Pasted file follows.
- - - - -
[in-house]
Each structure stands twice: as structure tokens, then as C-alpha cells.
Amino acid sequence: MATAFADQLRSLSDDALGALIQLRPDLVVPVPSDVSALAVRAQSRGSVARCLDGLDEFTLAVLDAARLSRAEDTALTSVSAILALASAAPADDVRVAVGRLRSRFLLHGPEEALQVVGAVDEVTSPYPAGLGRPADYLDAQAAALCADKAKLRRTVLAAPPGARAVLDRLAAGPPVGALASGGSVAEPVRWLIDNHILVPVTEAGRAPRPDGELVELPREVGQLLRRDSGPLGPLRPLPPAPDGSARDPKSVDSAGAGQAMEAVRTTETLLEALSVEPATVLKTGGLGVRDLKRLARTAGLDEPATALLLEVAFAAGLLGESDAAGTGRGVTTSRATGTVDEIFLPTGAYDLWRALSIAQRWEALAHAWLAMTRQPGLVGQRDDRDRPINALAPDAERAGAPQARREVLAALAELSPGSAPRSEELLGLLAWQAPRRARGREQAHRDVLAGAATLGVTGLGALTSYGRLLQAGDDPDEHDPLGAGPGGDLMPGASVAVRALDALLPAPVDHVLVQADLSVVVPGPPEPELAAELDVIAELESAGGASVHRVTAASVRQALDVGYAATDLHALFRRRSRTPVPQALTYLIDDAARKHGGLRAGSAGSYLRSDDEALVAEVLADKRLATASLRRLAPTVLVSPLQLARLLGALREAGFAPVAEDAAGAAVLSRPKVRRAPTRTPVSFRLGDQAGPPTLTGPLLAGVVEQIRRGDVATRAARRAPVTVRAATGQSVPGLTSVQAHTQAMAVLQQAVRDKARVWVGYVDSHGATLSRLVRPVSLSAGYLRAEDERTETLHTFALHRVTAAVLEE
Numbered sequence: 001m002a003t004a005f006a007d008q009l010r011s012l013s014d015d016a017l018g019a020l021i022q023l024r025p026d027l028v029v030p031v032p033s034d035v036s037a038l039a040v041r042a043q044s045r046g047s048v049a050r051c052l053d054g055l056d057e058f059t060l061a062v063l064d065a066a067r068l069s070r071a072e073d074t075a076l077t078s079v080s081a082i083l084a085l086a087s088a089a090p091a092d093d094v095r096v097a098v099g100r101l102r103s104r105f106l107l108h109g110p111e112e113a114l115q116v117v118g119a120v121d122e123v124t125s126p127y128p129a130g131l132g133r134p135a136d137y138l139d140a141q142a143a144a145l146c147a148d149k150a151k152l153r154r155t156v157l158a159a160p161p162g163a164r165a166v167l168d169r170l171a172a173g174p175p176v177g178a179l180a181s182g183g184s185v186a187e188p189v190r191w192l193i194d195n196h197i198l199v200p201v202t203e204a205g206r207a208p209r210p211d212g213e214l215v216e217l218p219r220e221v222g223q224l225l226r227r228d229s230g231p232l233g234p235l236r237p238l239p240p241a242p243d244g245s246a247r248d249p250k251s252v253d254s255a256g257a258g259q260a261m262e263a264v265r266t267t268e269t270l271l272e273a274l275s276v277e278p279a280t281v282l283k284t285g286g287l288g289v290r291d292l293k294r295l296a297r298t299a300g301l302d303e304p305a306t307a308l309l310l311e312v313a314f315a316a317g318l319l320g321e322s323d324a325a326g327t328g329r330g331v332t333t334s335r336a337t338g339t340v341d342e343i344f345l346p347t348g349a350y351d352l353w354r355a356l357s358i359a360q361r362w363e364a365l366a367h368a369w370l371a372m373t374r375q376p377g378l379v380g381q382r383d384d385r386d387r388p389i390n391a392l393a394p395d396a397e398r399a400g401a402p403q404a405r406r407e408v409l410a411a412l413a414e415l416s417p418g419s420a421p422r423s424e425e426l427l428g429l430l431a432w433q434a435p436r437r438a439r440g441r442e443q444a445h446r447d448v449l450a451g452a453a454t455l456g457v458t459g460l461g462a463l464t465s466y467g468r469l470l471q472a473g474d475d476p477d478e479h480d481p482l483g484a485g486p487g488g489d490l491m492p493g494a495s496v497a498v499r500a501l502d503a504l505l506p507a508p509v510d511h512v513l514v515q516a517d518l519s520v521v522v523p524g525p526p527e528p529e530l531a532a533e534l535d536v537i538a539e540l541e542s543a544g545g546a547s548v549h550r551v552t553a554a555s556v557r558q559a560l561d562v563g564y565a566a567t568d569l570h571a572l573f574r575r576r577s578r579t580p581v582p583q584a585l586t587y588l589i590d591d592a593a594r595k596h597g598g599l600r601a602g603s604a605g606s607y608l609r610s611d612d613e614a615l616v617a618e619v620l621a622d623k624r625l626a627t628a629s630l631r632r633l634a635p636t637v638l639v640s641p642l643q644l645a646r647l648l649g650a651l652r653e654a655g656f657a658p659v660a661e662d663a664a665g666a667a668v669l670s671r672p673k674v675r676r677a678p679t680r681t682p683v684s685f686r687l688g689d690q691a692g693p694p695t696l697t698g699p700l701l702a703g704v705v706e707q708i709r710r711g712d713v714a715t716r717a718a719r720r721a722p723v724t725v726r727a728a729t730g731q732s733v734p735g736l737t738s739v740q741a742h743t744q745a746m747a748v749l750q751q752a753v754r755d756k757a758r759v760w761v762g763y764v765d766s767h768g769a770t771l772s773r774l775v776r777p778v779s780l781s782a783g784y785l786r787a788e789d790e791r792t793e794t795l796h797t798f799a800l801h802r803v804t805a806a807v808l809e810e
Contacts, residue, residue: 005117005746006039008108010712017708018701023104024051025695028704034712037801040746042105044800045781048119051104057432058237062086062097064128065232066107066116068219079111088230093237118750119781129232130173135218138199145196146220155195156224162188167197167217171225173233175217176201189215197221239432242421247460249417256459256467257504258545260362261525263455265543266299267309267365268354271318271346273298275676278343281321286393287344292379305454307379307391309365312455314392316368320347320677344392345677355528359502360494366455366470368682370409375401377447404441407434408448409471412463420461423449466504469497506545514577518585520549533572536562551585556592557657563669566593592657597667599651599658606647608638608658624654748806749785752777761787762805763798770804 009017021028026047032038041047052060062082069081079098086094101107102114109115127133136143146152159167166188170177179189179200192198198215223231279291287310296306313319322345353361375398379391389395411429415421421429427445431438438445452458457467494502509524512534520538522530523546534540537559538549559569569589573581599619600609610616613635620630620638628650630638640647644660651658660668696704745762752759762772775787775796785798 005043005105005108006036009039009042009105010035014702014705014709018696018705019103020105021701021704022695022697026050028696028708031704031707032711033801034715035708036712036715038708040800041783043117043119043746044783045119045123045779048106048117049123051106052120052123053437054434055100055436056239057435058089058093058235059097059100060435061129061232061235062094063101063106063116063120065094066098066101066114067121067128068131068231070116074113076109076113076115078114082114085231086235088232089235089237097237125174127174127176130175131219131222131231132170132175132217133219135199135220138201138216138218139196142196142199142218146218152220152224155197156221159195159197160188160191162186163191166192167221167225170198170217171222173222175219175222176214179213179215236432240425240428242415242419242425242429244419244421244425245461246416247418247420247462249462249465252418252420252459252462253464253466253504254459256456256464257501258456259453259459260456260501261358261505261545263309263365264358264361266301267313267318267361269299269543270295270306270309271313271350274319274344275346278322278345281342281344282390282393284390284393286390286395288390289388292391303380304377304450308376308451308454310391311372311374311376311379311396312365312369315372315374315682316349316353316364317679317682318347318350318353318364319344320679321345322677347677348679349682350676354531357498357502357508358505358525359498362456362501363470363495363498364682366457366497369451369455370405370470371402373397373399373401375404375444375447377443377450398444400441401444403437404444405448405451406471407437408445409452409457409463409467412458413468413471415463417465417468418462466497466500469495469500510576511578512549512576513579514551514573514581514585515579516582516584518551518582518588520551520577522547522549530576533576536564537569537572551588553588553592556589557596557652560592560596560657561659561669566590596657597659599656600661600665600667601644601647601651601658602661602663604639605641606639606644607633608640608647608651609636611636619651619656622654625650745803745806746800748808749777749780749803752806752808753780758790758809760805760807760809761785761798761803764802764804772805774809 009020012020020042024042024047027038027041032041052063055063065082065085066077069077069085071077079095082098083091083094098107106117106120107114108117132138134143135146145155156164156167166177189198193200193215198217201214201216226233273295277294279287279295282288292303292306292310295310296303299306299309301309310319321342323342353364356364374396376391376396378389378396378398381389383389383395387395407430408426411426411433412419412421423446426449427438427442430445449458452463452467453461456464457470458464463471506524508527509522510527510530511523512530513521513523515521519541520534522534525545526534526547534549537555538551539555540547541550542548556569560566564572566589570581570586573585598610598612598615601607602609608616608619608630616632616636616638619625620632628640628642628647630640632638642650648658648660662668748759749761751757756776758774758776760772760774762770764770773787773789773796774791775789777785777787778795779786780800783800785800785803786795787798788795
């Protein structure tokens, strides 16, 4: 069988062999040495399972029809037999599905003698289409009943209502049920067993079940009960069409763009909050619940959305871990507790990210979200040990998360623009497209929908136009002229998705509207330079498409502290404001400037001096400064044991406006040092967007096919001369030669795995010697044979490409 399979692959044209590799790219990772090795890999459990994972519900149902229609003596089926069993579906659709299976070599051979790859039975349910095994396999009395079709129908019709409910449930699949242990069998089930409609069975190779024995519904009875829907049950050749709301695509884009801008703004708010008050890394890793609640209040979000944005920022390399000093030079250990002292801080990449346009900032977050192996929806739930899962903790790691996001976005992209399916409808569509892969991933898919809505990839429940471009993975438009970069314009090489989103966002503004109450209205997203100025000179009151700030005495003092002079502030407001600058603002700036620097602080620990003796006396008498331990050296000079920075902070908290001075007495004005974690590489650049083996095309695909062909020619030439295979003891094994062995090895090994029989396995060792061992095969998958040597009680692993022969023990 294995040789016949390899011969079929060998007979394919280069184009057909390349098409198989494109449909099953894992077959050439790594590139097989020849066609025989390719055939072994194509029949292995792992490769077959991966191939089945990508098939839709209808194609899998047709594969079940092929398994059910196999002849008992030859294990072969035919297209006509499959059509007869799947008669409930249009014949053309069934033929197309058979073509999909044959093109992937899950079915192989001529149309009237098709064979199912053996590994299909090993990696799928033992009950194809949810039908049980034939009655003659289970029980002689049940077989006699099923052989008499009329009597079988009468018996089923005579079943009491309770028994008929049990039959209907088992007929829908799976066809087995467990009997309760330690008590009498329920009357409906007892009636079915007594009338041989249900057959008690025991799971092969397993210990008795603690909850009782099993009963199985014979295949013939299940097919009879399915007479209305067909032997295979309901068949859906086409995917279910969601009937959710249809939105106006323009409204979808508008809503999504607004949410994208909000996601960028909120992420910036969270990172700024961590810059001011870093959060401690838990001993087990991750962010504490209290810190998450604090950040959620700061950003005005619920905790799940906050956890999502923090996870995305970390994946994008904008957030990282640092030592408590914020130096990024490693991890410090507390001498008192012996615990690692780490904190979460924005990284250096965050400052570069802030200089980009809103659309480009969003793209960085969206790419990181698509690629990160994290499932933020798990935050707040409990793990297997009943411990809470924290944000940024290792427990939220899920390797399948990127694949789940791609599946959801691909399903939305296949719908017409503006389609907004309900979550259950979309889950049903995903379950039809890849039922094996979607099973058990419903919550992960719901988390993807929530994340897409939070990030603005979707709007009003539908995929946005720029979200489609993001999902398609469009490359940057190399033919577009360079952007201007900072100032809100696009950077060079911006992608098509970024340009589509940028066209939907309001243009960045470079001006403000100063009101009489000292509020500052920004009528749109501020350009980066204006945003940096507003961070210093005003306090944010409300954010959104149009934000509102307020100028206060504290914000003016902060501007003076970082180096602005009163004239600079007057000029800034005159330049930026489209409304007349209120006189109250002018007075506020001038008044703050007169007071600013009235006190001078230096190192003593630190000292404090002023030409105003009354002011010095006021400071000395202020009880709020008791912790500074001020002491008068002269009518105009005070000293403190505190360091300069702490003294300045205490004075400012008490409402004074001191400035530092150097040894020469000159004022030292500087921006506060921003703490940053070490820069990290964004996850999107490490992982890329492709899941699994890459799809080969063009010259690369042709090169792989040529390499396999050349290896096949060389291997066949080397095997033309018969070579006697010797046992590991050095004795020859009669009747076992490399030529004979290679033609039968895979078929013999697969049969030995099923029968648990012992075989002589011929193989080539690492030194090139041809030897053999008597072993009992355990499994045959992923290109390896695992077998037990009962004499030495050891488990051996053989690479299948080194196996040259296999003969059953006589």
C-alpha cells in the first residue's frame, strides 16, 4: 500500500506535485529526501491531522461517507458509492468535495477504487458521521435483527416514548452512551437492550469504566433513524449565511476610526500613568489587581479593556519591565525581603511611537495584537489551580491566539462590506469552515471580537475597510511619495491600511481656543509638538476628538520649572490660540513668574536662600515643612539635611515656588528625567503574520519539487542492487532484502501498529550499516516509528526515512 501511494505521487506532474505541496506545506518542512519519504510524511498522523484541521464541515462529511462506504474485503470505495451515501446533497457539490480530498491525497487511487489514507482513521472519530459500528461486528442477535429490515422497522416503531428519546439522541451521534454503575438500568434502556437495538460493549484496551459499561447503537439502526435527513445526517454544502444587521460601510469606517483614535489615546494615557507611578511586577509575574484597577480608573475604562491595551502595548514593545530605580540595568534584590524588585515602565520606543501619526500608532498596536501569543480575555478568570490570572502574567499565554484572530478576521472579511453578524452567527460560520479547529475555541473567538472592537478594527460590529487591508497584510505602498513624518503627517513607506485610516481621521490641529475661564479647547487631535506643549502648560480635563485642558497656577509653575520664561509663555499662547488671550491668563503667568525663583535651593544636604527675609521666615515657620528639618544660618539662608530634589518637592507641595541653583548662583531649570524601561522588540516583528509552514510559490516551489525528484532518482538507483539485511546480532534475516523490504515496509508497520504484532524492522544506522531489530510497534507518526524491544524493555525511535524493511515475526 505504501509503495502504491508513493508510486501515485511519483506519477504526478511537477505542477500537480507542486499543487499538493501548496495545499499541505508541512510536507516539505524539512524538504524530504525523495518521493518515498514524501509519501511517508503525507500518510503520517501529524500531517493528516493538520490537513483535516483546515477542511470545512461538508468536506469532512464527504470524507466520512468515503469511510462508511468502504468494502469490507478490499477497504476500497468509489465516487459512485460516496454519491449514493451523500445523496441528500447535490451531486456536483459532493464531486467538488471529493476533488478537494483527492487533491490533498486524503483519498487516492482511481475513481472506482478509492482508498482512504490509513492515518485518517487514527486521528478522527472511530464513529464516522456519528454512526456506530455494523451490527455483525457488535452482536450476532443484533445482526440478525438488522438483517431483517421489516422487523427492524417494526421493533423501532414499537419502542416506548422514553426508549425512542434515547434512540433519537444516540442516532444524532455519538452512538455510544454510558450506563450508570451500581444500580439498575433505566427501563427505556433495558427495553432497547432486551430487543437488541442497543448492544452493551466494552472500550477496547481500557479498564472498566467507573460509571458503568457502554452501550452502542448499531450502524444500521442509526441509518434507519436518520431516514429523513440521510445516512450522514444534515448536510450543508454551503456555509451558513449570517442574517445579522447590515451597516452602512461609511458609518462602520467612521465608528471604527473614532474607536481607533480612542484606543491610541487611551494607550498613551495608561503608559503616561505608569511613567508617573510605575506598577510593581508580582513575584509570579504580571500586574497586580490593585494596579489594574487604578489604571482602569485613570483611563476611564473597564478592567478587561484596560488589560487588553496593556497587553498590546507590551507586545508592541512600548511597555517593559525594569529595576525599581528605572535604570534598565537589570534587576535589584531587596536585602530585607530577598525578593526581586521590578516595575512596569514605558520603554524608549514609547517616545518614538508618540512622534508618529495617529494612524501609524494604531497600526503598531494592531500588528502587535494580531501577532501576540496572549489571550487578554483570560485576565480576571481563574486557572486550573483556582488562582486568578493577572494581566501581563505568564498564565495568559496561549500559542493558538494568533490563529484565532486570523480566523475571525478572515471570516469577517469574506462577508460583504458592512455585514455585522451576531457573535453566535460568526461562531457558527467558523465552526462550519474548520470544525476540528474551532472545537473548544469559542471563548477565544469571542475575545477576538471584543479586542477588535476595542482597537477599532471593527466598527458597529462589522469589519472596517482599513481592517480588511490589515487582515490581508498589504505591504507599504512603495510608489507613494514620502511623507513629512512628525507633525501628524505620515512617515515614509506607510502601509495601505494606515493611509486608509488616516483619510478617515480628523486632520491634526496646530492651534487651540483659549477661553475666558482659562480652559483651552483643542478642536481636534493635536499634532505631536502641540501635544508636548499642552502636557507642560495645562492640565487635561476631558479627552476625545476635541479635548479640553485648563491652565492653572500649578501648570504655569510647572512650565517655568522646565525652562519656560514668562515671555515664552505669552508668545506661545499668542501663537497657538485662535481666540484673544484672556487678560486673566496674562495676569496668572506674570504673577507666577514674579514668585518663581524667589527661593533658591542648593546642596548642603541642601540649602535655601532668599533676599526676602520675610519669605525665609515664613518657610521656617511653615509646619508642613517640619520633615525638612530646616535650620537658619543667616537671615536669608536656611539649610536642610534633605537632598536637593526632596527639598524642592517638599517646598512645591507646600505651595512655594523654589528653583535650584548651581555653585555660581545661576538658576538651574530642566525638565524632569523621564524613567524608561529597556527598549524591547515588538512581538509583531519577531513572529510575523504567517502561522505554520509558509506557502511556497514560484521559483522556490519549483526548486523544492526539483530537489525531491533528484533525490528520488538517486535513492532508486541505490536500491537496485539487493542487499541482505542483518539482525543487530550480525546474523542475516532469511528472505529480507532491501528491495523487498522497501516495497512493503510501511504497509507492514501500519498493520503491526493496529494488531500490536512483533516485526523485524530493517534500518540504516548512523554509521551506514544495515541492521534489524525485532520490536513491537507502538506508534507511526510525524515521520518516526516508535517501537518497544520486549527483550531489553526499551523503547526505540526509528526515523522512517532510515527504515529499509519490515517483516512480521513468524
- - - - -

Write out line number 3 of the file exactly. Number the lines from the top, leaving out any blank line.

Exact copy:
Amino acid sequence: MATAFADQLRSLSDDALGALIQLRPDLVVPVPSDVSALAVRAQSRGSVARCLDGLDEFTLAVLDAARLSRAEDTALTSVSAILALASAAPADDVRVAVGRLRSRFLLHGPEEALQVVGAVDEVTSPYPAGLGRPADYLDAQAAALCADKAKLRRTVLAAPPGARAVLDRLAAGPPVGALASGGSVAEPVRWLIDNHILVPVTEAGRAPRPDGELVELPREVGQLLRRDSGPLGPLRPLPPAPDGSARDPKSVDSAGAGQAMEAVRTTETLLEALSVEPATVLKTGGLGVRDLKRLARTAGLDEPATALLLEVAFAAGLLGESDAAGTGRGVTTSRATGTVDEIFLPTGAYDLWRALSIAQRWEALAHAWLAMTRQPGLVGQRDDRDRPINALAPDAERAGAPQARREVLAALAELSPGSAPRSEELLGLLAWQAPRRARGREQAHRDVLAGAATLGVTGLGALTSYGRLLQAGDDPDEHDPLGAGPGGDLMPGASVAVRALDALLPAPVDHVLVQADLSVVVPGPPEPELAAELDVIAELESAGGASVHRVTAASVRQALDVGYAATDLHALFRRRSRTPVPQALTYLIDDAARKHGGLRAGSAGSYLRSDDEALVAEVLADKRLATASLRRLAPTVLVSPLQLARLLGALREAGFAPVAEDAAGAAVLSRPKVRRAPTRTPVSFRLGDQAGPPTLTGPLLAGVVEQIRRGDVATRAARRAPVTVRAATGQSVPGLTSVQAHTQAMAVLQQAVRDKARVWVGYVDSHGATLSRLVRPVSLSAGYLRAEDERTETLHTFALHRVTAAVLEE